Over the last 2000 years of galut (exile) we were unable to use our “iron fist” to smash the anti-Semite. But with the grace of Hashem we have now returned home to the land of the Patriarchs, King David, the Maccabim and others, and have begun to return to ourselves. We prefer to be “a people of the Book,” but reality has caused us to be also “a people of the sword”. And when TZAHAL (the IDF) uses the sword with cunning and craftiness, Hashem grants us miraculous victories.

This is the spirit of Eretz Yisrael, where the single lamb among the 70 wolves not only survives but thrives, to the astonishment of the wolves.

Unfortunately, there are too many Jews who do not understand that the spirit of Eretz Yisrael makes it incumbent upon us to excel in all the myriad facets of national life. Too many shirk their religious and national responsibilities in the quest for a life of leisure, leaving the future of Am Yisrael in the hands of the hard-core few who study Torah, and take up arms in defense of the Holy Land, and build the nation for the future.

Escape works until one’s Jewish conscience begins to rattle in his brain at night. But if one’s conscience does not cause him duress, he should know that like certain tuma (a state of Halakhic impurity) situations, where the infected person is ejected from his home and city, so too is the placid, indifferent, passive, blasé, nonchalant, aloof, unmoved, disinterested, apathetic Jew, not part of the vibrant “hard-core” eternal Am Yisrael.

The reason for the near calamity at the time of Mordechai and Esther was the apathy of the Jews who callously partook of the king’s feast, served on vessels taken from the holy Bet Hamikdash.

The dream of returning to Eretz Yisrael and rebuilding the Bet Hamikdash (Holy Temple) was no longer part of their Jewish agenda.

The building of a Jewish religious, cultural and social life in Persia and other sites in the galut took such precedence over the restoration of Am Yisrael, in Eretz Yisrael in accordance with Torat Yisrael, that when Ezra returned to the Holy Land, less than 43 thousand Jews accompanied him.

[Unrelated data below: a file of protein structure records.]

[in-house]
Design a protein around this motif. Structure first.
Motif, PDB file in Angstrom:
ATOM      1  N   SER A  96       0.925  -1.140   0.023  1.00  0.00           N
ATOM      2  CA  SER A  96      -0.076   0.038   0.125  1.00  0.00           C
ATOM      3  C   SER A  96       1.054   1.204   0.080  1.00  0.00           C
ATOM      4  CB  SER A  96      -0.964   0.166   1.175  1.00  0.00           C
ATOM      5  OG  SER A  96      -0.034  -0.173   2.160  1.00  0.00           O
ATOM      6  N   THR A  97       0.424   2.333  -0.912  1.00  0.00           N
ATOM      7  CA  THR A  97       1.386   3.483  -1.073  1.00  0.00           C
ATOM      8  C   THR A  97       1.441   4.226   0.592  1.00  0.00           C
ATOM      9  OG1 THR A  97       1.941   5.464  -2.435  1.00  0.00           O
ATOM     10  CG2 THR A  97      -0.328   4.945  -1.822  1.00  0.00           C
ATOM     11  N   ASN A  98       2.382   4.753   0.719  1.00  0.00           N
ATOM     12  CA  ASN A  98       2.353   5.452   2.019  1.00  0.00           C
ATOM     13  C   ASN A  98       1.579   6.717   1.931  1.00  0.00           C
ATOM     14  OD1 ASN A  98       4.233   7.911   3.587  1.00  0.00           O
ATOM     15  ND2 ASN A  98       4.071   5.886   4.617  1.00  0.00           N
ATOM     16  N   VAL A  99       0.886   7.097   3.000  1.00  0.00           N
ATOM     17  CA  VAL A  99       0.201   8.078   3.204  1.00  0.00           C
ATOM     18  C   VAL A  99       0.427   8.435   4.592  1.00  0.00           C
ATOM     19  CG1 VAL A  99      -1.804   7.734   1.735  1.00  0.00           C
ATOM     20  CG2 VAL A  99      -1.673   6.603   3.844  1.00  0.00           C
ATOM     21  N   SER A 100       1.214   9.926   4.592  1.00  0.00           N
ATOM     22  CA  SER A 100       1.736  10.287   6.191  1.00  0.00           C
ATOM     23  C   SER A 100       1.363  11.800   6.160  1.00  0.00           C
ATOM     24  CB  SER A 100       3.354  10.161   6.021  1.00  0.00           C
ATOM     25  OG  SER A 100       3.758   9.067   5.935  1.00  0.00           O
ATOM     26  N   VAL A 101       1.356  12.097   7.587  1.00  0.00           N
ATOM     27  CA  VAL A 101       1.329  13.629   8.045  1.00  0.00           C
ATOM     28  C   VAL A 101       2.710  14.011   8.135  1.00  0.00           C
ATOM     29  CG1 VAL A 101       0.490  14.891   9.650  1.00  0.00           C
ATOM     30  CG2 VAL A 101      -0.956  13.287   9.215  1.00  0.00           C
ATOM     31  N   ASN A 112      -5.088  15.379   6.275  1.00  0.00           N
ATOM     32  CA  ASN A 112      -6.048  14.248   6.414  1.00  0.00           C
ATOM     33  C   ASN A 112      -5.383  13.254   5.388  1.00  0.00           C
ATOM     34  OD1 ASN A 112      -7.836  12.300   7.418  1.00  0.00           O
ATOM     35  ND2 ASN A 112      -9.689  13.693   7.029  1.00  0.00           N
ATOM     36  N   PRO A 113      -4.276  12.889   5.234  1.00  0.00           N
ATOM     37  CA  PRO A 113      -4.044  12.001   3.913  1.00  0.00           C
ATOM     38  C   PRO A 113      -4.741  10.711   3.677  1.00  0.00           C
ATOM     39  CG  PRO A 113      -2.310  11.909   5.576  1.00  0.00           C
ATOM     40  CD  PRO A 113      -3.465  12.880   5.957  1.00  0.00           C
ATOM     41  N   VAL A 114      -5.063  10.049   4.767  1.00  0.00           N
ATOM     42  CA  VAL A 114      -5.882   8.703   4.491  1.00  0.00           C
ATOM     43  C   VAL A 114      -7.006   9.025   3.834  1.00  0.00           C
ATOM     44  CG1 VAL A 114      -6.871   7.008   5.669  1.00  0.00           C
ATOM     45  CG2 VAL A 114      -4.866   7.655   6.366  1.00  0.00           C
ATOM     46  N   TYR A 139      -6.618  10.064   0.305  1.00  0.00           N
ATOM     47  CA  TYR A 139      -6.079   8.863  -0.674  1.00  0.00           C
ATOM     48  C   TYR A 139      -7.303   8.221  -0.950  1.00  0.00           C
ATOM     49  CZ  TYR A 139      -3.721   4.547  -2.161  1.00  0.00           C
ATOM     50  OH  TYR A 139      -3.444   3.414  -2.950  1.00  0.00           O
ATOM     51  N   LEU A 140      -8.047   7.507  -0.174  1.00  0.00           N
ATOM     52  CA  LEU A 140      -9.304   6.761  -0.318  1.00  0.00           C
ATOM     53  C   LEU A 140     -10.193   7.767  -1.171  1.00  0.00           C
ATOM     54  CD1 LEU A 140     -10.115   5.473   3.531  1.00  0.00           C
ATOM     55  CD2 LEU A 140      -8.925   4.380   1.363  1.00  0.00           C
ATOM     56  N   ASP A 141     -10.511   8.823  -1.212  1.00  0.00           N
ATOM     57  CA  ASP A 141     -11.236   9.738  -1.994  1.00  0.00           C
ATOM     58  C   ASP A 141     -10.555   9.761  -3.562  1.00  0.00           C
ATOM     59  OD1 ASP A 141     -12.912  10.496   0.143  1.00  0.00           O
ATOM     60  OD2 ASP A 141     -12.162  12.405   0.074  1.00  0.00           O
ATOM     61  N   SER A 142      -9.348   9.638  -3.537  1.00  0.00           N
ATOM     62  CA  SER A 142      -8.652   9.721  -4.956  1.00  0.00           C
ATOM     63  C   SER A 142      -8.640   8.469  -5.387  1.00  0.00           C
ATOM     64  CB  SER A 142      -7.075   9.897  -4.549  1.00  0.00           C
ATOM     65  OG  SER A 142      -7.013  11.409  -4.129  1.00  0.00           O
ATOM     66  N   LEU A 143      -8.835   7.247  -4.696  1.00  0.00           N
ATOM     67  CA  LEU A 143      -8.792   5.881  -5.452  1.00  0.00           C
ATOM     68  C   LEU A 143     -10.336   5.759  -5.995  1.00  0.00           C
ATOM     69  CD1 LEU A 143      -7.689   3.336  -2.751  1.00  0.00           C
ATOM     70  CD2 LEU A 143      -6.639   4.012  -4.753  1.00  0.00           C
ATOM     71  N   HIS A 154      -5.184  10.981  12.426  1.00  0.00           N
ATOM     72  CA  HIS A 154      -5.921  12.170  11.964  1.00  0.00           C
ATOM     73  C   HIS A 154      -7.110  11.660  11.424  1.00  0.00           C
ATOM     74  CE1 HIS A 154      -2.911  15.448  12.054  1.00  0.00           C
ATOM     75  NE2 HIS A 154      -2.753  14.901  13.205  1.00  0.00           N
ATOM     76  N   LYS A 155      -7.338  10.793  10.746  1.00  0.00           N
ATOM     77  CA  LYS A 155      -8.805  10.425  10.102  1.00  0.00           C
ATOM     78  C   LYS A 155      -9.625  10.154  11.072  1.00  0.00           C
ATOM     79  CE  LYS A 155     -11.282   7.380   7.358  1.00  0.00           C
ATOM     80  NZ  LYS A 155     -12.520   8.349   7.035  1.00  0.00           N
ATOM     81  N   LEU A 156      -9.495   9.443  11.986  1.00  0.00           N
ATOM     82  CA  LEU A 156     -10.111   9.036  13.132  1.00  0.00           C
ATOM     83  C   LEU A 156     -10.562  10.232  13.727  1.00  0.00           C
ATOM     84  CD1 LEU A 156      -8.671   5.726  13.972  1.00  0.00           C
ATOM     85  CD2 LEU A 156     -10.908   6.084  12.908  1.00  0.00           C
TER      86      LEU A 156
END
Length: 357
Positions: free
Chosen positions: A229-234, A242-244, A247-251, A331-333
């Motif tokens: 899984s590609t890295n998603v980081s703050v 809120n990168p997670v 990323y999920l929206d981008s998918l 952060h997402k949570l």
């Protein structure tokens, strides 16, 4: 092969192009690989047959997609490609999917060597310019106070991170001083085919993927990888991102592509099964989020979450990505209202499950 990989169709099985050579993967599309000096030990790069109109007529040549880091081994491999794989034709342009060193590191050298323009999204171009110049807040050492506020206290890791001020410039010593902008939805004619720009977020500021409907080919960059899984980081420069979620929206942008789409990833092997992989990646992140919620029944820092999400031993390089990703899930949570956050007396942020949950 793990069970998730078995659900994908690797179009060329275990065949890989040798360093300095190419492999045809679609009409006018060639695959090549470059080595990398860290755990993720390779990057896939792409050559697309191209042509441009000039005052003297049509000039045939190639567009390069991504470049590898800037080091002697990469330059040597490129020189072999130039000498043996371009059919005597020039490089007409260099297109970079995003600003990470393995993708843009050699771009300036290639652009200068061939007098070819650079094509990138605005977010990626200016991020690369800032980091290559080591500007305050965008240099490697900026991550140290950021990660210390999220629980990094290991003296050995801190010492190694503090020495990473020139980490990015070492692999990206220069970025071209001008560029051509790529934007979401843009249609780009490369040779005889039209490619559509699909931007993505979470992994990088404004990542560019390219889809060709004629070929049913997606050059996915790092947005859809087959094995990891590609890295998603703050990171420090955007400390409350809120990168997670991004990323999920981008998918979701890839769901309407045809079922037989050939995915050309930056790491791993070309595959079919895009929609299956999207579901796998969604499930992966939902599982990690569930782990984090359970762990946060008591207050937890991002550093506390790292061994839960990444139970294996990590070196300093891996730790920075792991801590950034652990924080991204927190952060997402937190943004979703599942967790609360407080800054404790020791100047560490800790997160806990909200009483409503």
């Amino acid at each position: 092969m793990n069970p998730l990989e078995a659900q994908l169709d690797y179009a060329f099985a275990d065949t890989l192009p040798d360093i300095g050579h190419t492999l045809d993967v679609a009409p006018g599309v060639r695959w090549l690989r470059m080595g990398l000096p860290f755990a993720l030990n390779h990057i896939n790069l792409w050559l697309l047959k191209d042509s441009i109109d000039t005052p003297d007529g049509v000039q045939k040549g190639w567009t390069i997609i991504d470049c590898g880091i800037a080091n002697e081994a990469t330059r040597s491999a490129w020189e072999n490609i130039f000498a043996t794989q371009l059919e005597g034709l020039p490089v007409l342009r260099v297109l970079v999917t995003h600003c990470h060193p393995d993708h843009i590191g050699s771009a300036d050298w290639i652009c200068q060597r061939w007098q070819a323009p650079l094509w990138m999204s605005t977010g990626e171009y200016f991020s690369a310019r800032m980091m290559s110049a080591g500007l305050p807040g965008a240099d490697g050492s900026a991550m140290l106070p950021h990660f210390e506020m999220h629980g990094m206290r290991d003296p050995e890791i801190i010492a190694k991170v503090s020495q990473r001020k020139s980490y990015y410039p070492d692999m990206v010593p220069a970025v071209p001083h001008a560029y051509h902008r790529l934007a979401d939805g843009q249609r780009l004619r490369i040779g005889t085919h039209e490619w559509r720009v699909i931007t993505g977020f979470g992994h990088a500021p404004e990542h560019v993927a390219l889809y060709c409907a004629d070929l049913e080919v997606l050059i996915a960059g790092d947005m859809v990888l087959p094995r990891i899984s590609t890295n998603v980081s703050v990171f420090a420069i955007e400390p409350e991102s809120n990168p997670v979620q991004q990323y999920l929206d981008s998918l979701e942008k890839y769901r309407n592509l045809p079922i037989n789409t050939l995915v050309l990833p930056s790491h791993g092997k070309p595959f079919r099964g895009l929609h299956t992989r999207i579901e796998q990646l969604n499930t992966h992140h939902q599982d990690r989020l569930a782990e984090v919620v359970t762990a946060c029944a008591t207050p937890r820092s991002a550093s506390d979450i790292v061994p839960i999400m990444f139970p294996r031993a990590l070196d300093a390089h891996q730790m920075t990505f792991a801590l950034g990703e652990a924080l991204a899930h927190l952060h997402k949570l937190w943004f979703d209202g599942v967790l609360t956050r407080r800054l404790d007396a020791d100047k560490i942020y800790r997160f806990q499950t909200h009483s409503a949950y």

The scenario is very similar to Jewish life in today’s galu’yot, with the exception of one major factor - there is no Mordechai and Esther in the USA or elsewhere to save the Jews from their fate at the hands of their neighbors.

Seventy years ago, and perhaps even 100 years ago, the unstoppable, irresistible steamroller of Jewish history began moving in the direction of Eretz Yisrael. There is no human force in the world, in any configuration, that can prevent the Jewish people’s return home to all the land promised to us by Hashem, and the eventual rebuilding of the Bet HaMikdash.

For the present time, all Jews still have free choice to climb aboard the irresistible steamroller. But history has its time limitations and waits for no man.

Probably, the most forceful and emphatically religious statement in the Megillah is when Mordechai senses Esther’s hesitation in involving herself, and declares (Esther 4:14):

For if you remain silent at this time, relief and deliverance for the Jews will arise from another place, but you and your father's family will perish. And who knows but that you have come to royal position for such a time as this?"

If the Jews in the galut will join with us, we will all share in the merits. If they do not, who knows what fate awaits them. For it is only here, in Eretz Yisrael, where the words of Esther as explained by Rashi come true, that:

I (the details of the episode) are already written in the chronicles of the kings of Medes and Persia.

And Rashi says:

They (the Gentiles) will see in the chronicles what happened to them at the hands of the Jewish people.

Rabbi Nachman Kahana is an Orthodox Rabbinic Scholar, Rav of Chazon Yechezkel Synagogue – Young Israel of the Old City of Jerusalem, Founder and Director of the Center for Kohanim, and Author of the 15-volume “Mei Menuchot” series on Tosefot, and 3-volume “With All Your Might: The Torah of Eretz Yisrael in the Weekly Parashah”, as well as weekly parasha commentary available where he blogs at http://NachmanKahana.com